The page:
Notes from Nancy
The really big golf news the past few weeks comes from the professional golf associations in the United States. And women’s golf will be all the better for it
The LPGA Tour and PGA Tour establish an alliance
Mike Whan, Commissioner of the LPGA Tour and the Tim Finchem, Commissioner of the PGA Tour announced a “strategic alliance.” This is not a merger or a partnership and no change at the top management is occurring in either Tour organization. Basically, the LPGA/PGA Alliance will coordinate schedules Why? And why now?
In my opinion, the LPGA Tour and PGA Tour have been like trains traveling on parallel tracks – always making sure they weren’t bumping into each other. And although parallel tracks are safe, they don’t allow for synergy and collaboration. In fact, in some ways, the LPGA Tour train has been moving ahead of the PGA Tour train.
But in a recent interview following the announcement of the alliance, Finchem said that he has been paying close attention to what he called the “smart” approach that the LPGA has pursued in going after international markets. Finchem is also a very smart man and a visionary in many ways. Now Whan and Finchem don’t have to travel on parallel tracks, they will officially work together.
Very soon after the release of the new alliance hit the internet, there was talk of a men’s and women’s team competition. Well, there has been talk about that for years. In 2001 (that’s fifteen years ago!) Annika Sorenstam and Tiger Woods teamed up against Karrie Webb and David Duval in a “made for TV” match. The match went to the 19th hole and Sorenstam and Woods won. But for a variety of reasons the event did not draw a big audience and has not been tried again.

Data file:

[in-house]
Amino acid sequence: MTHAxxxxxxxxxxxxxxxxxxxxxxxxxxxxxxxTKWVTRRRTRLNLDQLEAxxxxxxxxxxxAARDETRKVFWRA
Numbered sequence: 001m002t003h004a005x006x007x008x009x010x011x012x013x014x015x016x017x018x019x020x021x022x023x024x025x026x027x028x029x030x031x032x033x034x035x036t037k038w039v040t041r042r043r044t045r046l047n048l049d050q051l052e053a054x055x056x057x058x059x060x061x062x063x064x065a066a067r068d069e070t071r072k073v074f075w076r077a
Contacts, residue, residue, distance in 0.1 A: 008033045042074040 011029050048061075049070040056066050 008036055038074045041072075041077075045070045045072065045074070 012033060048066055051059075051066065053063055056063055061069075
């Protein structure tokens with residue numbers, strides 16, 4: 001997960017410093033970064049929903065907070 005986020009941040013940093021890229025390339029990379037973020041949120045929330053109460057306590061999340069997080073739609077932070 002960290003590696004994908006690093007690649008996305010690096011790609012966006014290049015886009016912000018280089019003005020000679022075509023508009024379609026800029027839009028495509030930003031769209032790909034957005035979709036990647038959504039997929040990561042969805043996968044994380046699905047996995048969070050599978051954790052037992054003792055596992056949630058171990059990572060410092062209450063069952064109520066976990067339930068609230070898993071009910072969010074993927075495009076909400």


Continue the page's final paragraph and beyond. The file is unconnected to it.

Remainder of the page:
I predict that co-ed Tour events properly scheduled, promoted and sponsored will be back. And there is more chatter now about having men’s and women’s Tour events on the same day – perhaps even on the same course — with coordinated TV coverage of both.
Increased collaboration among women’s and men’s golf is not just occurring in the U.S. Recently the Royal and Ancient incorporated the Ladies Golf Union into its organization, hopefully with intentions to elevate awareness and appreciation for women golfers. I am probably not the only one that views this recent trend in gender equity as an inevitable outcome of the collaboration that has taken place over the four years in planning for the reintroduction of golf in the upcoming Rio Olympic Games. I am all for this perhaps “unintended” consequence.
The total number of golfers in the US is down, but the number of beginner golfers is up
The National Golf Foundation located in Jupiter, Florida, gathers participation statistics on the game in the U.S. and regularly holds conferences among the leaders of the industry. Just last week it released the 2015 statistics. The highlight was that even though the number of new golfers in the U.S. has increased, they are not staying with the game.
Well, this is absolutely no surprise to me! In fact, I have been talking and writing about this for years. What continues to surprise me is that the PGA of America still doesn’t get it.
I refer to the PGA of America professionals who manage most golf operations at most courses in the U.S. as the “gatekeepers.” They let you in the gate to play the game, but they don’t know how to put out the welcome mat. I have written and spoken extensively about what I call “Best Practices” that will attract and KEEP the new golfer. A tab on my website “Best Practices” on www.berkleygolfconsulting.com includes many pointers.
The good news is that with Pete Bevacqua, the CEO of the PGA of America and with Suzy Whaley, Secretary of the PGA on her way to becoming the President of the PGA, I think we will see some changes. Making the game more welcome to beginners is so easy. But I am waiting to see if the PGA of America picks up the challenge.
March 13, 2016
Notes from Nancy are published in the monthly Women’s Golf Newsletter
Image credit: Puma Golf
Nancy Berkley is an expert on women’s golf and junior-girls golf in the U.S. A special interest of hers is encouraging business women to enjoy golf with colleagues and clients. Nancy is a member of the World Golf Foundation Women’s Committee and a member of the National Golf Foundation. Nancy is a graduate of the University of Minnesota, Harvard University, Rutgers Law School and has a degree from the Professional Management Program of Harvard Business School.